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While a few weeks ago it seemed as if Praeger would have a two month lead over Dutton in their presentation of this Soviet best seller, both the "authorized" edition (Dutton's) and the "unauthorized" (Praeger's) will appear almost simultaneously. There has been considerable advance attention on what appears to be as much of a publishing cause celebre here as the original appearance of the book in Russia. Without entering into the scrimmage, or dismissing it as a plague on both your houses, we will limit ourselves to a few facts. Royalties from the "unauthorized" edition will go to the International Rescue Committee; Dutton with their contracted edition is adhering to copyright conventions. The Praeger edition has two translators and one of them is the translator of Doctor Zhivago Dutton's translator, Ralph Parker, has been stigmatized by Praeger as "an apologist for the Soviet regime". To the untutored eye, the Dutton translation seems a little more literary, the Praeger perhaps closer to the rather primitive style of the original. The book itself is an account of one day in the three thousand six hundred and fifty three days of the sentence to be served by a carpenter, Ivan Denisovich Shukhov. (Solzhenitsyn was a political prisoner.) From the unrelenting cold without, to the conditions within, from the bathhouse to the latrine to the cells where survival for more than two weeks is impossible, this records the hopeless facts of existence as faced by thousands who went on "living like this, with your eyes on the ground". The Dutton edition has an excellent introduction providing an orientation on the political background to its appearance in Russia by Marvin Kalb. All involved in its publication (translators, introducers, etc.) claim for it great "artistic" values which we cannot share, although there is no question of its importance as a political and human document and as significant and tangible evidence of the de-Stalinization program.

Pub Date: June 15, 1963

ISBN: 0451228146

Page Count: 181

Publisher: Praeger

Review Posted Online: Oct. 5, 2011

Kirkus Reviews Issue: June 15, 1963

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Unrelenting gloom relieved only occasionally by wrenching trauma; somehow, though, Hannah’s storytelling chops keep the...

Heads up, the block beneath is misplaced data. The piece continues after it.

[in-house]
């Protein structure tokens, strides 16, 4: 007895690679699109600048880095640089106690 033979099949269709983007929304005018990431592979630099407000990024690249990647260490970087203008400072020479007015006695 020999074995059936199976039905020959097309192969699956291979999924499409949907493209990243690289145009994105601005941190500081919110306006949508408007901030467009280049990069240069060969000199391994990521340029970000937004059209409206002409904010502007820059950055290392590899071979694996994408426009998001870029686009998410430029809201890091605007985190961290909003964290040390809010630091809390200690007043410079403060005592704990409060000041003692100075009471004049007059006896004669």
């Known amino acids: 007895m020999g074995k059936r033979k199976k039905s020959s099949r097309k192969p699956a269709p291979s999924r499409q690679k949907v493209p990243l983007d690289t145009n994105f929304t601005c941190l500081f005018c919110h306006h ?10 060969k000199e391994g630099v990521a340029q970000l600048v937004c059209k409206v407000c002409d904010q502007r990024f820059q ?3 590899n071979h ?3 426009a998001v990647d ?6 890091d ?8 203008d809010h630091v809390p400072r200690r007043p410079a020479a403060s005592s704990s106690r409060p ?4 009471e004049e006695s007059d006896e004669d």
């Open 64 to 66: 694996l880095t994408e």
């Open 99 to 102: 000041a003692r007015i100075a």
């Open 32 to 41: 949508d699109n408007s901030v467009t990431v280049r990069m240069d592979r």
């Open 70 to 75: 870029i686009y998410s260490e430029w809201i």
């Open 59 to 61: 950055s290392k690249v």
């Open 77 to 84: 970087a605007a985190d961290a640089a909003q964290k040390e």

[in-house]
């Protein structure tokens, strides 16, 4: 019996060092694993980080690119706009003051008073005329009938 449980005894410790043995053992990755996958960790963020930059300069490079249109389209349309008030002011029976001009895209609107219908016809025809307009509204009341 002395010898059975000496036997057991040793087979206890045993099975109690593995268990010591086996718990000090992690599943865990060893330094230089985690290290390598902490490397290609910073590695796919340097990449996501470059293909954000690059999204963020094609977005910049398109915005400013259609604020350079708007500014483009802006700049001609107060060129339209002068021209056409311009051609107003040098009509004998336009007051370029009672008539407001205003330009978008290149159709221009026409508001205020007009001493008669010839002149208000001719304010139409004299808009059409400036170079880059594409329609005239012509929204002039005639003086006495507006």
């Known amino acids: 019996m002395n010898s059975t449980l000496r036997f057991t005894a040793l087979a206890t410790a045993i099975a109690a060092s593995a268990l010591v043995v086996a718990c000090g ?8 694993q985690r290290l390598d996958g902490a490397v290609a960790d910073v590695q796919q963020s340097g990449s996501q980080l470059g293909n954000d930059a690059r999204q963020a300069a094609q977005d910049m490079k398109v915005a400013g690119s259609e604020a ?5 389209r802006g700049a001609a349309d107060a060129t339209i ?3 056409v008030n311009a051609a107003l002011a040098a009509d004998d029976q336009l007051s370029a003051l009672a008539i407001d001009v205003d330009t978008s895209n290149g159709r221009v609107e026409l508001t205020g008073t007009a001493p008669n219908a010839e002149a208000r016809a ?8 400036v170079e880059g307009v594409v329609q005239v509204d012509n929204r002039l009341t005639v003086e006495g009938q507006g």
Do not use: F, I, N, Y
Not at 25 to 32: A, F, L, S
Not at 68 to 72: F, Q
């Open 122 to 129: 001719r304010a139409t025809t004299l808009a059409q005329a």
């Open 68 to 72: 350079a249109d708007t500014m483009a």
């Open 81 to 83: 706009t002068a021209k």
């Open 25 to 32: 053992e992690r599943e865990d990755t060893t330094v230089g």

Hannah’s sequel to Firefly Lane (2008) demonstrates that those who ignore family history are often condemned to repeat it.

When we last left Kate and Tully, the best friends portrayed in Firefly Lane, the friendship was on rocky ground. Now Kate has died of cancer, and Tully, whose once-stellar TV talk show career is in free fall, is wracked with guilt over her failure to be there for Kate until her very last days. Kate’s death has cemented the distrust between her husband, Johnny, and daughter Marah, who expresses her grief by cutting herself and dropping out of college to hang out with goth poet Paxton. Told mostly in flashbacks by Tully, Johnny, Marah and Tully’s long-estranged mother, Dorothy, aka Cloud, the story piles up disasters like the derailment of a high-speed train. Increasingly addicted to prescription sedatives and alcohol, Tully crashes her car and now hovers near death, attended by Kate’s spirit, as the other characters gather to see what their shortsightedness has wrought. We learn that Tully had tried to parent Marah after her father no longer could. Her hard-drinking decline was triggered by Johnny’s anger at her for keeping Marah and Paxton’s liaison secret. Johnny realizes that he only exacerbated Marah’s depression by uprooting the family from their Seattle home. Unexpectedly, Cloud, who rebuffed Tully’s every attempt to reconcile, also appears at her daughter’s bedside. Sixty-nine years old and finally sober, Cloud details for the first time the abusive childhood, complete with commitments to mental hospitals and electroshock treatments, that led to her life as a junkie lowlife and punching bag for trailer-trash men. Although powerful, Cloud’s largely peripheral story deflects focus away from the main conflict, as if Hannah was loath to tackle the intractable thicket in which she mired her main characters.

Unrelenting gloom relieved only occasionally by wrenching trauma; somehow, though, Hannah’s storytelling chops keep the pages turning even as readers begin to resent being drawn into this masochistic morass.

Pub Date: April 23, 2013

ISBN: 978-0-312-57721-6

Page Count: 416

Publisher: St. Martin's

Review Posted Online: Feb. 18, 2013

Kirkus Reviews Issue: March 1, 2013